This is how we get our chance to explore the nature of Suzie Costello rather more than we did in her first outing as a Torchwood agent. To be absolutely honest, Dead Suzie is rather hard work for an audience used to Gwen’s combination of arse-kicking and heart-breaking compassion. She’s more spiky, more sharp-edged, and as the episode unfolds, we learn of a plot that goes back before her murderous stint with the Resurrection Gauntlet, meaning Suzie was a bad lot before she took up killing people. Putting the Hub into lockdown with a linguistic code, while persuading Gwen to drive her out of Cardiff, at first seems like a reasonable plan, but when we find out what her escape has all been about, it’s supposed to add a degree of explanation to Suzie’s character – her sense of never having been good enough. Because Suzie has two more murders to commit, one inevitable by the very nature of her survival past the point of death, the Newtonian principle of every action having an equal and opposite reaction elegantly deployed to show us why she can’t now be killed no matter what the team do to her, and the other purely personal. The personal one never goes into detail, never shows us exactly what demons lurk in Suzie Costello’s past, but that there are demons we feel certain, because the personal murder is in a whole different league to all her other killings. Her new knowledge of the darkness that lies on the other side of death, and the thing that’s moving in the darkness, adds both piquancy to her final murder and desperation to her determination to stay alive now she’s returned to the human world. Certainly, Indira Varma plays Suzie’s desperation convincingly – if you knew for certain what was waiting for you when you died, and that it wasn’t the ‘nursery school’ version of an afterlife that Gwen espouses, all bright light and loved ones, but simply darkness and the thing that moves within it, then simply knowing ‘the right thing to do’ would never be enough to make you give up the light of a human existence. But as a plot, it’s absolutely barking mad – the lengths Suzie goes to simply to dose and program the killer that gets Torchwood’s attention, months after she has killed herself, and the idea that she was thinking that far ahead and in that deranged a manner for the two years before she started Gauntletting people, is absurd if you subject it to any of the realistic analysis to which Torchwood normally stands up. And once you realise that, the premise of the episode more or less collapses, and it sits there being more or less what it is – an excuse to see more of Suzie Costello, and to show us the very important differences between Suzie and Gwen, with Gwen coming out very much on top as far as the viewer is concerned.

So as episodes go, it dissolves into senselessness, and the underpinnings of its premise are lain bare to all and sundry, but if you give it a pass on that fact, They Keep Killing Suzie still delivers hooks, creeping depth of characterisation and some highly effective threat for Gwen, inasmuch as she becomes a walking illustration of the idea that ‘no good deed goes unpunished.’ It’s her kindness, her empathy with Suzie that first connects the two, and it’s that connection that allows Suzie to play her, very nearly to the point of death. Suzie comes out of this episode much darker than she was when she was simply murdering people out of a drive to use the Gauntlet and unlock its mysteries. Here, she’s a character who – unknown to us when we first meet her – was planning murders-by-proxy long in advance of her obsession with the Gauntlet taking hold, and having been to the only afterlife of which she’s aware, comes back more ruthless than ever, willing to send both someone who wronged her, and the innocent that is Gwen, into the darkness in order to escape it herself.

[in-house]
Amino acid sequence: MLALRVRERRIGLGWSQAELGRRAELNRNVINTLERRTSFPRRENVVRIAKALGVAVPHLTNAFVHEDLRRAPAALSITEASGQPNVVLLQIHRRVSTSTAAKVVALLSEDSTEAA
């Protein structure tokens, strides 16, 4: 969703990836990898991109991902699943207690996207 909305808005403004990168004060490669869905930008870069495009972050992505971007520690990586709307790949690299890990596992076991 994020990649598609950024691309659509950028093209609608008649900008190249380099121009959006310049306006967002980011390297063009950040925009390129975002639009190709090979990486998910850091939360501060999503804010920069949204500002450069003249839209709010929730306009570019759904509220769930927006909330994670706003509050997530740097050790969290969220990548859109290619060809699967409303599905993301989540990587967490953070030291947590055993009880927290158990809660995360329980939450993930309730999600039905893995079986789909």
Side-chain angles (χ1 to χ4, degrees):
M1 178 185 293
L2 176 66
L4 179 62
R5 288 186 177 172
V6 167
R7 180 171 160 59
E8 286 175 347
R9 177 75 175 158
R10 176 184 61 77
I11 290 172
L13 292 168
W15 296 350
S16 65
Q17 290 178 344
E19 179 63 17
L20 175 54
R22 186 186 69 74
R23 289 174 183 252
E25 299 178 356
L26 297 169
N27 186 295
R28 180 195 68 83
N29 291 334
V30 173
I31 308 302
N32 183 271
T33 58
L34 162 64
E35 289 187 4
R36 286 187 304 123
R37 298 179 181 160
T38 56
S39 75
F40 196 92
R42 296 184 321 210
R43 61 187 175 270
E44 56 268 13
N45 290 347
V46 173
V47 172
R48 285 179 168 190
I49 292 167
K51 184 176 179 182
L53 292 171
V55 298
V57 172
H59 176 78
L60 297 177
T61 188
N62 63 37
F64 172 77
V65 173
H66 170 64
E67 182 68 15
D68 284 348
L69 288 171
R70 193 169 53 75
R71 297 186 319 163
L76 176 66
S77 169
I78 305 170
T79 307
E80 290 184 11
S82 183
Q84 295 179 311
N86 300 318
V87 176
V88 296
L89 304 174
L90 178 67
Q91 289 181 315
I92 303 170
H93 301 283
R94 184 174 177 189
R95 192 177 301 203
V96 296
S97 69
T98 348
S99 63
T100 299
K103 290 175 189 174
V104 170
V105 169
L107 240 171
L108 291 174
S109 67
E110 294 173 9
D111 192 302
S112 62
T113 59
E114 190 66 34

While not the most technically accomplished episode of Torchwood ever filmed, They Keep Killing Suzie shows the nature of the job of being Torchwood very well – everyone too wound up in themselves to have ever really asked Suzie about her life and her need to talk; over-reliance on retcon to solve the inconvenient problems involved in the general public seeing what they do; the belief that things are dealt with, only to have them come back and bite them; and most specifically, the arrogance of a Torchwood that thinks it’s untouchable – Suzie was one of them, and she turned against them, so she had to be dealt with, but apart from her, this team has been dealing with aliens and Rift activity for some years, and there’s that sense of swagger about them that Detective Swanson mentions. At the very end of her second life, Suzie warns Jack that that’s about to change – that something’s moving in the dark, coming to get them. Coming to get him in particular.

And when it arrives, Torchwood and the world will never be the same again.